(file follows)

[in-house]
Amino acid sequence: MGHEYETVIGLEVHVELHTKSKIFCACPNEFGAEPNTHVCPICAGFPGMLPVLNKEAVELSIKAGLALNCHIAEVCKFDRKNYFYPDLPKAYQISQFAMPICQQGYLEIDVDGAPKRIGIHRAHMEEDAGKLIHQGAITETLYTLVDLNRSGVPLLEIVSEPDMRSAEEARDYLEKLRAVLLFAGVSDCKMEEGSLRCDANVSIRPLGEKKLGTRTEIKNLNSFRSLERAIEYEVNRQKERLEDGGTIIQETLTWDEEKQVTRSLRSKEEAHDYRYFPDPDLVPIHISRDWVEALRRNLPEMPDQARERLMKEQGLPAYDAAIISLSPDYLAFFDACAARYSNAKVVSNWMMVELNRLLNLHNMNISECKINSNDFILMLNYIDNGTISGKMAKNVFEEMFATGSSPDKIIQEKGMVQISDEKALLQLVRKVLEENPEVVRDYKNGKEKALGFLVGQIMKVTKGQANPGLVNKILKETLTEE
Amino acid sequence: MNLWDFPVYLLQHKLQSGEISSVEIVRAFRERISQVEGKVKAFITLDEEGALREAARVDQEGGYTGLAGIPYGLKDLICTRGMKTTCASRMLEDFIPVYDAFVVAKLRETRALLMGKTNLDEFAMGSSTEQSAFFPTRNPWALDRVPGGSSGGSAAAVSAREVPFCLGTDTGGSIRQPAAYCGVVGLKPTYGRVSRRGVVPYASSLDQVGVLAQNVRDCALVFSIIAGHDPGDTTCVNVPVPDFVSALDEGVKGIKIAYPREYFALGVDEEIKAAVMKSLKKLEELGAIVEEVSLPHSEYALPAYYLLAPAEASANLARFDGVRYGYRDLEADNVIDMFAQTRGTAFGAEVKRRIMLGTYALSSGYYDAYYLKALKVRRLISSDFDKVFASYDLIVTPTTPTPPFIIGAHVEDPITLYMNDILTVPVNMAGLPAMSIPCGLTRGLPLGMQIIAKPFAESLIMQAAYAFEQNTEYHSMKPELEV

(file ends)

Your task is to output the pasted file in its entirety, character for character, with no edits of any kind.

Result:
[in-house]
Amino acid sequence: MGHEYETVIGLEVHVELHTKSKIFCACPNEFGAEPNTHVCPICAGFPGMLPVLNKEAVELSIKAGLALNCHIAEVCKFDRKNYFYPDLPKAYQISQFAMPICQQGYLEIDVDGAPKRIGIHRAHMEEDAGKLIHQGAITETLYTLVDLNRSGVPLLEIVSEPDMRSAEEARDYLEKLRAVLLFAGVSDCKMEEGSLRCDANVSIRPLGEKKLGTRTEIKNLNSFRSLERAIEYEVNRQKERLEDGGTIIQETLTWDEEKQVTRSLRSKEEAHDYRYFPDPDLVPIHISRDWVEALRRNLPEMPDQARERLMKEQGLPAYDAAIISLSPDYLAFFDACAARYSNAKVVSNWMMVELNRLLNLHNMNISECKINSNDFILMLNYIDNGTISGKMAKNVFEEMFATGSSPDKIIQEKGMVQISDEKALLQLVRKVLEENPEVVRDYKNGKEKALGFLVGQIMKVTKGQANPGLVNKILKETLTEE
Amino acid sequence: MNLWDFPVYLLQHKLQSGEISSVEIVRAFRERISQVEGKVKAFITLDEEGALREAARVDQEGGYTGLAGIPYGLKDLICTRGMKTTCASRMLEDFIPVYDAFVVAKLRETRALLMGKTNLDEFAMGSSTEQSAFFPTRNPWALDRVPGGSSGGSAAAVSAREVPFCLGTDTGGSIRQPAAYCGVVGLKPTYGRVSRRGVVPYASSLDQVGVLAQNVRDCALVFSIIAGHDPGDTTCVNVPVPDFVSALDEGVKGIKIAYPREYFALGVDEEIKAAVMKSLKKLEELGAIVEEVSLPHSEYALPAYYLLAPAEASANLARFDGVRYGYRDLEADNVIDMFAQTRGTAFGAEVKRRIMLGTYALSSGYYDAYYLKALKVRRLISSDFDKVFASYDLIVTPTTPTPPFIIGAHVEDPITLYMNDILTVPVNMAGLPAMSIPCGLTRGLPLGMQIIAKPFAESLIMQAAYAFEQNTEYHSMKPELEV